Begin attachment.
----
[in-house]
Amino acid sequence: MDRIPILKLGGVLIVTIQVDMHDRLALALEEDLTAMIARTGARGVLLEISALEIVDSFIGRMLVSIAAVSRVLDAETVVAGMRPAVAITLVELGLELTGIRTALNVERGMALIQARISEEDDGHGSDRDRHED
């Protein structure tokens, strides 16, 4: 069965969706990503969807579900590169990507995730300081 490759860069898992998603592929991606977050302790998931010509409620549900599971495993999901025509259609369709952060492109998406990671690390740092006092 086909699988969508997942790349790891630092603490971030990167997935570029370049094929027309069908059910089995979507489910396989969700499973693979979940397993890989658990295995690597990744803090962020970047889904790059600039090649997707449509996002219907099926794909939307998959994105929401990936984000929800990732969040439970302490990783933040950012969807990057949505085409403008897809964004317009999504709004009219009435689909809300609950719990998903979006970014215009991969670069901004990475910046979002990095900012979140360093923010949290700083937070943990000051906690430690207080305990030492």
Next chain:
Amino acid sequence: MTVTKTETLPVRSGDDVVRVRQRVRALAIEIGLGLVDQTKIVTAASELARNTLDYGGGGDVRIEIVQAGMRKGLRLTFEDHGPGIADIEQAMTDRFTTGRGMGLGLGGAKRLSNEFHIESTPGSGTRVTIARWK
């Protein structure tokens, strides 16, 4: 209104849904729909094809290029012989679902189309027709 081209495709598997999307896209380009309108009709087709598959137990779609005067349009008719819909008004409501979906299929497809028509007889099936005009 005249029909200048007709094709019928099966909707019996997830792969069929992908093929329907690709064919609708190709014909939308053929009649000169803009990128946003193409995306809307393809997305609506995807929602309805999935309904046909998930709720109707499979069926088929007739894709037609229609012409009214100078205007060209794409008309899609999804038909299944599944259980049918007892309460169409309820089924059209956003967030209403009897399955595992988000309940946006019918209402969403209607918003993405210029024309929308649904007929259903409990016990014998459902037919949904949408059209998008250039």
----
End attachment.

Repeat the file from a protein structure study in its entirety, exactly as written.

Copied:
[in-house]
Amino acid sequence: MDRIPILKLGGVLIVTIQVDMHDRLALALEEDLTAMIARTGARGVLLEISALEIVDSFIGRMLVSIAAVSRVLDAETVVAGMRPAVAITLVELGLELTGIRTALNVERGMALIQARISEEDDGHGSDRDRHED
């Protein structure tokens, strides 16, 4: 069965969706990503969807579900590169990507995730300081 490759860069898992998603592929991606977050302790998931010509409620549900599971495993999901025509259609369709952060492109998406990671690390740092006092 086909699988969508997942790349790891630092603490971030990167997935570029370049094929027309069908059910089995979507489910396989969700499973693979979940397993890989658990295995690597990744803090962020970047889904790059600039090649997707449509996002219907099926794909939307998959994105929401990936984000929800990732969040439970302490990783933040950012969807990057949505085409403008897809964004317009999504709004009219009435689909809300609950719990998903979006970014215009991969670069901004990475910046979002990095900012979140360093923010949290700083937070943990000051906690430690207080305990030492």
Next chain:
Amino acid sequence: MTVTKTETLPVRSGDDVVRVRQRVRALAIEIGLGLVDQTKIVTAASELARNTLDYGGGGDVRIEIVQAGMRKGLRLTFEDHGPGIADIEQAMTDRFTTGRGMGLGLGGAKRLSNEFHIESTPGSGTRVTIARWK
């Protein structure tokens, strides 16, 4: 209104849904729909094809290029012989679902189309027709 081209495709598997999307896209380009309108009709087709598959137990779609005067349009008719819909008004409501979906299929497809028509007889099936005009 005249029909200048007709094709019928099966909707019996997830792969069929992908093929329907690709064919609708190709014909939308053929009649000169803009990128946003193409995306809307393809997305609506995807929602309805999935309904046909998930709720109707499979069926088929007739894709037609229609012409009214100078205007060209794409008309899609999804038909299944599944259980049918007892309460169409309820089924059209956003967030209403009897399955595992988000309940946006019918209402969403209607918003993405210029024309929308649904007929259903409990016990014998459902037919949904949408059209998008250039």